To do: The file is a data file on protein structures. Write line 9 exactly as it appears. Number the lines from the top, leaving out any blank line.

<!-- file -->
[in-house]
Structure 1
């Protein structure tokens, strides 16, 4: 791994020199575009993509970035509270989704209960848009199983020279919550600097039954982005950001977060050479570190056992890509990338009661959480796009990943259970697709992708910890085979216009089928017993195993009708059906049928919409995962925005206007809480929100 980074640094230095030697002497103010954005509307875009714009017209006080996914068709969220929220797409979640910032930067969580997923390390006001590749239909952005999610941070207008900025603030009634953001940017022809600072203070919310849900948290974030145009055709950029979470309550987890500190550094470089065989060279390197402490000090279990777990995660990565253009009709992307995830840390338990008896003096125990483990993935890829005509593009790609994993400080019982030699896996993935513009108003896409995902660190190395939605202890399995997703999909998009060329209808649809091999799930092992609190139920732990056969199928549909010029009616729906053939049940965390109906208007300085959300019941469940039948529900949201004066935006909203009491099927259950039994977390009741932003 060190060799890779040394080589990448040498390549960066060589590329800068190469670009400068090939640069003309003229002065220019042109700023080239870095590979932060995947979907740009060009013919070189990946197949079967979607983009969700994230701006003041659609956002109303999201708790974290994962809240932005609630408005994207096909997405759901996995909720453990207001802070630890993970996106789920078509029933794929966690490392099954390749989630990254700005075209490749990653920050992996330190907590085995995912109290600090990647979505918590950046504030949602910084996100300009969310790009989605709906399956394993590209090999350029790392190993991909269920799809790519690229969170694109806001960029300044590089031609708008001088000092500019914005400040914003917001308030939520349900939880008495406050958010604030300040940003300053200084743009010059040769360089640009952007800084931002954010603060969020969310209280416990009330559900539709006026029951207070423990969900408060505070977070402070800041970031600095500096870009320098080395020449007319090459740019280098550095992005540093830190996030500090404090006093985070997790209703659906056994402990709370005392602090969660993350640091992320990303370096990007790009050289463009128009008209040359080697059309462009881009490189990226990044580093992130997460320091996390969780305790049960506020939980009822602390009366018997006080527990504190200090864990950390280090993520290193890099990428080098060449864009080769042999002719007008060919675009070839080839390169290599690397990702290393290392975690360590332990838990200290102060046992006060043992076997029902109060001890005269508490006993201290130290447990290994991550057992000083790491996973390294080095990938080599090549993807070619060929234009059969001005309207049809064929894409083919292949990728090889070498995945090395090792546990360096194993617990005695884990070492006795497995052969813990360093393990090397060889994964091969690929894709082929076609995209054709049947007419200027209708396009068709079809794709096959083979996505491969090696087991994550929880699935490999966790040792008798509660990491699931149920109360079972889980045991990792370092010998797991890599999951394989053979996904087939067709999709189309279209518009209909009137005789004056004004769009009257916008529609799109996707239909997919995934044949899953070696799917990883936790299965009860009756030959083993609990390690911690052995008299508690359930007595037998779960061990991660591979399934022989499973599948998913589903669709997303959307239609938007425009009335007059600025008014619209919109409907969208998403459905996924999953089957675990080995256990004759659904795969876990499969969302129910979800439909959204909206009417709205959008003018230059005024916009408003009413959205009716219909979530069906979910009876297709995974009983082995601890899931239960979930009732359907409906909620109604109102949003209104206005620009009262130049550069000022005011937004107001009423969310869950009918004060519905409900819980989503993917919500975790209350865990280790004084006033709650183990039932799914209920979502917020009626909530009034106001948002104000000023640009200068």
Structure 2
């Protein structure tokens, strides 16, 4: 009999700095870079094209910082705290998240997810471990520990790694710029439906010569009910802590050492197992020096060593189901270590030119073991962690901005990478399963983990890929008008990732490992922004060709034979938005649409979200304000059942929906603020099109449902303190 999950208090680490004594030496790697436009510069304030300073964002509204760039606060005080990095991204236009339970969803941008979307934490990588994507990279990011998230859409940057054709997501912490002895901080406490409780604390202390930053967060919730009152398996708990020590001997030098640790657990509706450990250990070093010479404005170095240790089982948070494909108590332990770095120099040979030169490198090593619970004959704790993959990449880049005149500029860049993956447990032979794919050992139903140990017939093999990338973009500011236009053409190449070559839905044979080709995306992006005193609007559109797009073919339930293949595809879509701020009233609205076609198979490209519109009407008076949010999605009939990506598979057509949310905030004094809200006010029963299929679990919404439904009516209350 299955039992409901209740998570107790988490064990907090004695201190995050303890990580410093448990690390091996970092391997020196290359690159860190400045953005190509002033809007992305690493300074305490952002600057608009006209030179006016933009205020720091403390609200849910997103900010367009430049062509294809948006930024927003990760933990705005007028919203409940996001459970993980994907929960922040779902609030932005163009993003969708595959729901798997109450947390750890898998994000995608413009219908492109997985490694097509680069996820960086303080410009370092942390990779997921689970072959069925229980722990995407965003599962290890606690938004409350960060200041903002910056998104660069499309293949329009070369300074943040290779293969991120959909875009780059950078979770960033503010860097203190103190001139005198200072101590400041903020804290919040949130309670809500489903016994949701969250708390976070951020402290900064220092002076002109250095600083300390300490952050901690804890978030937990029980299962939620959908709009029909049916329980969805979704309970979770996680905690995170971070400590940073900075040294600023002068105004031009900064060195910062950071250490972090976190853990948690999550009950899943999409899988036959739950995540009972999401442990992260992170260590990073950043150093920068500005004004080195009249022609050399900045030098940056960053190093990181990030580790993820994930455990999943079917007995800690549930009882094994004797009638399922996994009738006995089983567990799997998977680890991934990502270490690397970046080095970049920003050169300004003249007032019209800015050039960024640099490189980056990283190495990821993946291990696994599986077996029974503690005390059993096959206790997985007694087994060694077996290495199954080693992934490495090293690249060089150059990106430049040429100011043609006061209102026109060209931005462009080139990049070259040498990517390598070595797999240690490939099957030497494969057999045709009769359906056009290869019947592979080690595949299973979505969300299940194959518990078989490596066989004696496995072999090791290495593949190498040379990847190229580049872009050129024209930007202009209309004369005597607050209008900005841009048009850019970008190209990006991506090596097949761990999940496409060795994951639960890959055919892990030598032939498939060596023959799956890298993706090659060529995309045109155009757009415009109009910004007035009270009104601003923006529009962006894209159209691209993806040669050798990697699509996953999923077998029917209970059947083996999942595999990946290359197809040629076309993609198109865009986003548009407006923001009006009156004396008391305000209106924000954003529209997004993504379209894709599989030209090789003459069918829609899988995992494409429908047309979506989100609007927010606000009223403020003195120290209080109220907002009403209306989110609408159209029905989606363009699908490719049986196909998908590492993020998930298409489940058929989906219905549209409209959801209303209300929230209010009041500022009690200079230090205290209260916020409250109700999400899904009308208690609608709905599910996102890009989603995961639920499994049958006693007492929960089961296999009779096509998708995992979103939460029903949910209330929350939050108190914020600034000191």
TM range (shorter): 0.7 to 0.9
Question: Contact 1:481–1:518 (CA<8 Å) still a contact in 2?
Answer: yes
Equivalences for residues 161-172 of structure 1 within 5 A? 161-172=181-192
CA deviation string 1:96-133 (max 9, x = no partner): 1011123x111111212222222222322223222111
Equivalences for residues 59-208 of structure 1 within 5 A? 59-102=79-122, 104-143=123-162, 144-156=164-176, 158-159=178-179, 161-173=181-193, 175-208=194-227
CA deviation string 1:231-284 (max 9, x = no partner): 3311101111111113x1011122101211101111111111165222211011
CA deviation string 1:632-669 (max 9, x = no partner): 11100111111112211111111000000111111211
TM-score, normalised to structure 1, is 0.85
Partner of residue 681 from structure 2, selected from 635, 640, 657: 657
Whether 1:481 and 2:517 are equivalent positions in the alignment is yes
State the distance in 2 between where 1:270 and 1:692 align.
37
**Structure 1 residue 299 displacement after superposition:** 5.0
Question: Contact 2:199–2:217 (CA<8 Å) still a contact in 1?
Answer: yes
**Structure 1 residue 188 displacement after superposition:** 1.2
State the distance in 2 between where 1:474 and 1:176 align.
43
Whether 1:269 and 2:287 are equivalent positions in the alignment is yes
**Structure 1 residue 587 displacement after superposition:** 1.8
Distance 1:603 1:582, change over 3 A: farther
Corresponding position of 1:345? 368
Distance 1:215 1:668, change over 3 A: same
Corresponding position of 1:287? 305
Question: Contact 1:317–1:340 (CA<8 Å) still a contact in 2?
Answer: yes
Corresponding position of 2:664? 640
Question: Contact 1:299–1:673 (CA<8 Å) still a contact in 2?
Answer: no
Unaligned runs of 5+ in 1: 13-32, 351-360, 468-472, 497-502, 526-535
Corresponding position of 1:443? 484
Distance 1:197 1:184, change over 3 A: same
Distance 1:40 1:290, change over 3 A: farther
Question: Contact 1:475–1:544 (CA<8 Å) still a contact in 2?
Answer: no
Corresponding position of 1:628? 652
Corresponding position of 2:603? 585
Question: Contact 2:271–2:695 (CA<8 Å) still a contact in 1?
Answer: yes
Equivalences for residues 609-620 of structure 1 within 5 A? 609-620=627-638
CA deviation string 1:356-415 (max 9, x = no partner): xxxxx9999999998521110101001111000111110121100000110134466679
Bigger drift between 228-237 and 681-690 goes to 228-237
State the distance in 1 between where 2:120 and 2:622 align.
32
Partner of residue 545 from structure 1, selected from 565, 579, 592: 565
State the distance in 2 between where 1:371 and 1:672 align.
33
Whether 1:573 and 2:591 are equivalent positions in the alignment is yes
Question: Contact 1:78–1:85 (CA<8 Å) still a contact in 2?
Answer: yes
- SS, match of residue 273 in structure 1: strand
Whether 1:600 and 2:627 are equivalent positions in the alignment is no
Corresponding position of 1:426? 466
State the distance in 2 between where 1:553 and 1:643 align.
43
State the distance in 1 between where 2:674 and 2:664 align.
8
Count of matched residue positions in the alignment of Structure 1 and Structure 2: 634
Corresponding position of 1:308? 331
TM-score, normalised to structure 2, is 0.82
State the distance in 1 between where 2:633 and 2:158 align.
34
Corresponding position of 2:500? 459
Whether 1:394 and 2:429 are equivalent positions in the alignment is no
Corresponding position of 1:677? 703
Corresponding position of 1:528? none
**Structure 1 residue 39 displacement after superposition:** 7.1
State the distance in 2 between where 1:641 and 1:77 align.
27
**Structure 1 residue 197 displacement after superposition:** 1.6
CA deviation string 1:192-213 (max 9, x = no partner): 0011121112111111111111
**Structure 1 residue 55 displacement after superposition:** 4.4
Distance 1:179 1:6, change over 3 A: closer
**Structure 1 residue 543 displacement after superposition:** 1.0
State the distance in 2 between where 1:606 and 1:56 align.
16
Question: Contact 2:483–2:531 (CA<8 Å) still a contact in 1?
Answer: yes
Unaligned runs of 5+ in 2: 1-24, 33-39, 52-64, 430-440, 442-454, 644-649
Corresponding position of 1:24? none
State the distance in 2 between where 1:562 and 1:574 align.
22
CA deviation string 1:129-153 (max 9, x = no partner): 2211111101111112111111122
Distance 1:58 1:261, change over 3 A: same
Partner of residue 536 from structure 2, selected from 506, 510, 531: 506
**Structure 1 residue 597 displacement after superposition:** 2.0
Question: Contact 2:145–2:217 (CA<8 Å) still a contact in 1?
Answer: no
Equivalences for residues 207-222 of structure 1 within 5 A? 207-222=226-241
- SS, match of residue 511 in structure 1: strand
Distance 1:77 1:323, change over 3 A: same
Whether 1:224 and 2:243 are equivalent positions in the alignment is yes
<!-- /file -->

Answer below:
Equivalences for residues 161-172 of structure 1 within 5 A? 161-172=181-192